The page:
Gyawali, B., Parsad, S., Feinberg, B. A. & Nabhan, C. Real-world evidence and randomized studies in the precision oncology era: The right balance. JCO Precis Oncol. 1, 1–5 (2017).
Harbeck, N. et al. CDK4/6 inhibitors in HR+/HER2− advanced/metastatic breast cancer: A systematic literature review of real-world evidence studies. Future Oncol. 17, 2107–2122 (2021).
Bui, T. B. V., Burgers, D. M., Agterof, M. J. & van de Garde, E. M. Real-world effectiveness of palbociclib versus clinical trial results in patients with advanced/metastatic breast cancer that progressed on previous endocrine therapy. Breast Cancer (Auckl.) 13, 1–6 (2019).
Varella, L. et al. Real-world clinical outcomes and toxicity in metastatic breast cancer patients treated with palbociclib and endocrine therapy. Breast Cancer Res. Treat. 176, 429–434 (2019).
Xi, J. et al. Retrospective analysis of treatment patterns and effectiveness of palbociclib and subsequent regimens in metastatic breast cancer. J. Natl. Compr. Canc. Netw. 17, 141–147 (2019).
Sun, J. et al. Real-world benefit of combination palbociclib and endocrine therapy for metastatic breast cancer and correlation with neutropenia. Cancer Med. 10, 7665–7672 (2021).
Brufsky, A., Liu, X., Li, B., McRoy, L. & Layman, R. M. Real-world tumor response of palbociclib plus letrozole versus letrozole for metastatic breast cancer in US clinical practice. Target. Oncol. 16, 601–611 (2021).
DeMichele, A. et al. Comparative effectiveness of first-line palbociclib plus letrozole versus letrozole alone for HR+/HER2− metastatic breast cancer in US real-world clinical practice. Breast Cancer Res. 23, 37 (2021).
Ha, M. J. et al. Palbociclib plus endocrine therapy significantly enhances overall survival of HR+/HER2− metastatic breast cancer patients compared to endocrine therapy alone in the second-line setting: A large institutional study. Int. J. Cancer https://doi.org/10.1002/ijc.33959 (2022).
Broglio, K. R. & Berry, D. A. Detecting an overall survival benefit that is derived from progression-free survival. J. Natl. Cancer Inst. 101, 1642–1649 (2009).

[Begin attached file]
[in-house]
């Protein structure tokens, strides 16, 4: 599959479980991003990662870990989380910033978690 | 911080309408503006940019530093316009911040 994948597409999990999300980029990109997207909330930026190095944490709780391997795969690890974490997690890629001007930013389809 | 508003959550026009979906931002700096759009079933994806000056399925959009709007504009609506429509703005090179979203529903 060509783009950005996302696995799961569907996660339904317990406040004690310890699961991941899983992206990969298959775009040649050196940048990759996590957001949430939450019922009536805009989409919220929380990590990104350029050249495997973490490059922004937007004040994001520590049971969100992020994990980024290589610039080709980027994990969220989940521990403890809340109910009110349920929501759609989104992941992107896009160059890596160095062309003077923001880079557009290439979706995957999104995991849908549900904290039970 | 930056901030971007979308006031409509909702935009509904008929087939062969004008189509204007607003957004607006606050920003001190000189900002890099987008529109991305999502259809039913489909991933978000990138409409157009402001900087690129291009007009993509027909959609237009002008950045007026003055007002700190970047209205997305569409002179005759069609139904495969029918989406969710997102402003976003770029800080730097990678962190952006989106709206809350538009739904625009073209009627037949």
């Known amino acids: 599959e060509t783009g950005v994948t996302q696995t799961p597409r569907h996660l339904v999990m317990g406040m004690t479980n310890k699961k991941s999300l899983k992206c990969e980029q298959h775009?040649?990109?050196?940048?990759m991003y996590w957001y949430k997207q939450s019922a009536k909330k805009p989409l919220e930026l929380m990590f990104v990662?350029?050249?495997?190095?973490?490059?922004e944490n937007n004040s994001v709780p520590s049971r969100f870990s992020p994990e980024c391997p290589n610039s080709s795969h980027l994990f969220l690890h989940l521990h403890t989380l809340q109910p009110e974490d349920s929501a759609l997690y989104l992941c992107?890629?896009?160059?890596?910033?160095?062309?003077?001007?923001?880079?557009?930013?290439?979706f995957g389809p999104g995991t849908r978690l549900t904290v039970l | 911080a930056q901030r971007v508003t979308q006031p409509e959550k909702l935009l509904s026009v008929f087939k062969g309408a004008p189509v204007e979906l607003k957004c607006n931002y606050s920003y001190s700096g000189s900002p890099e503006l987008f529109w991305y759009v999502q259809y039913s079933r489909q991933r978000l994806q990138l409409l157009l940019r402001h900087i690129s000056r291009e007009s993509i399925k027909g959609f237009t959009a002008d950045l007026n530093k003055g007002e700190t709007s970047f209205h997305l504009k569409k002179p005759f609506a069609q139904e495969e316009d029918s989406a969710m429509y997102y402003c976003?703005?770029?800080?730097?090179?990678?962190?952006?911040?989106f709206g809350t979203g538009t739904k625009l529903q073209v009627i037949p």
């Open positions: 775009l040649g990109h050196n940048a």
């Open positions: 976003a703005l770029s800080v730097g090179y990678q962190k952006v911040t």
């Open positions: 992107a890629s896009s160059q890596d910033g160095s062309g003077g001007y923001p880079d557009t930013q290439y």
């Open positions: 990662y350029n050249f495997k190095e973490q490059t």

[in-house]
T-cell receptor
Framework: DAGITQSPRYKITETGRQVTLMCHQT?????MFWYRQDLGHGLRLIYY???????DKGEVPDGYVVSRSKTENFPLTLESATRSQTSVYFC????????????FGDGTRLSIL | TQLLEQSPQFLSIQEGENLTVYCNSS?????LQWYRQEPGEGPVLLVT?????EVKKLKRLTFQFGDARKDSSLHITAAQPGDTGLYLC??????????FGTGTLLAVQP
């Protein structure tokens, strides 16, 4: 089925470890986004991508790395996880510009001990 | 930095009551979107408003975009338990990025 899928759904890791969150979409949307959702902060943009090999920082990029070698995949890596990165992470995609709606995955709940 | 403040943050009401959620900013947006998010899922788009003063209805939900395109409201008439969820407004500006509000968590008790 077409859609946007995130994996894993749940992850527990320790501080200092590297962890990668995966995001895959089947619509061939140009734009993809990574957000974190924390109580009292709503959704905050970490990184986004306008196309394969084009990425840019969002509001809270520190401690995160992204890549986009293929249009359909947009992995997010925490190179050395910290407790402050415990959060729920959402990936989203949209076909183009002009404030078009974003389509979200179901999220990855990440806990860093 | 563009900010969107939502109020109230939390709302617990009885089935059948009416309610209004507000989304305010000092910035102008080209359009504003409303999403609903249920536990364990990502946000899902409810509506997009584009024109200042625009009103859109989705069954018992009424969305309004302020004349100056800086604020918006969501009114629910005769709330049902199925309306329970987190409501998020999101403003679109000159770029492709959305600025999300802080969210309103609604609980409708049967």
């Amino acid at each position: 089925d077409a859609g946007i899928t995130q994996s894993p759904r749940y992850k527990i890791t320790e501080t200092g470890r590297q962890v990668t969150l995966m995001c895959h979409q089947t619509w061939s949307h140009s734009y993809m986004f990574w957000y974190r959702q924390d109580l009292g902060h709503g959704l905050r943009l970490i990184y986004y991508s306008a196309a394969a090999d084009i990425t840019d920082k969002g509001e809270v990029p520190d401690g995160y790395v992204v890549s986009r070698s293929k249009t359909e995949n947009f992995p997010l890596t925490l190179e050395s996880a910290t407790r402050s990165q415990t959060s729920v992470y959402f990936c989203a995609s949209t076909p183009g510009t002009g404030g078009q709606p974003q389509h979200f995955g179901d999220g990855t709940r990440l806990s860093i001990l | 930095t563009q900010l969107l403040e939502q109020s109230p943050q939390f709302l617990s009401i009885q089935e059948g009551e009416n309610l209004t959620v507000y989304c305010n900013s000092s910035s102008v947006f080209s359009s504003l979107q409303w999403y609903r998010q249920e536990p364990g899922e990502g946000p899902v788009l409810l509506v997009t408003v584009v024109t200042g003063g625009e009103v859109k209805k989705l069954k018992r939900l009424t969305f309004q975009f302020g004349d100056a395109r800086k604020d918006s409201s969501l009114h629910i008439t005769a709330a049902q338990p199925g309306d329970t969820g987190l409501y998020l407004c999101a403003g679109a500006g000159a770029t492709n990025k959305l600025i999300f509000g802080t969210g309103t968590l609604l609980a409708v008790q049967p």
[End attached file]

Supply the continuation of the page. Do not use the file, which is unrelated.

Khozin, S., Blumenthal, G. M. & Pazdur, R. Real-world data for clinical evidence generation in oncology. J. Natl. Cancer Inst. 109, djx187 (2017).
Singal, A. G., Higgins, P. D. & Waljee, A. K. A primer on effectiveness and efficacy trials. Clin. Transl. Gastroenterol. 5, e45 (2014).
Hortobagyi, G. N. et al. Overall survival (OS) results from the phase III MONALEESA-2 (ML-2) trial of postmenopausal patients (pts) with hormone receptor positive/human epidermal growth factor receptor 2 negative (HR+/HER2−) advanced breast cancer (ABC) treated with endocrine therapy (ET) ± ribociclib (RIB) [abstract]. Ann. Oncol. 32, LBA17_PR (2021).
European Medicines Agency. SUMMARY OF PRODUCT CHARACTERISTICS: Abemaciclib (Verzenios). https://www.ema.europa.eu/en/documents/product-information/verzenios-epar-product-information_en.pdf. (Accessed October, 2022).
Taylor-Stokes, G. et al. Treatment patterns and clinical outcomes among patients receiving palbociclib in combination with an aromatase inhibitor or fulvestrant for HR+/HER2-negative advanced/metastatic breast cancer in real-world settings in the US: Results from the IRIS study. Breast 43, 22–27 (2019).
Mycock, K. et al. Real-world treatment of patients with palbociclib for HR+/HER2−/metastatic breast cancer: The Europe IRIS study. Future Oncol. 18, 349–362 (2022).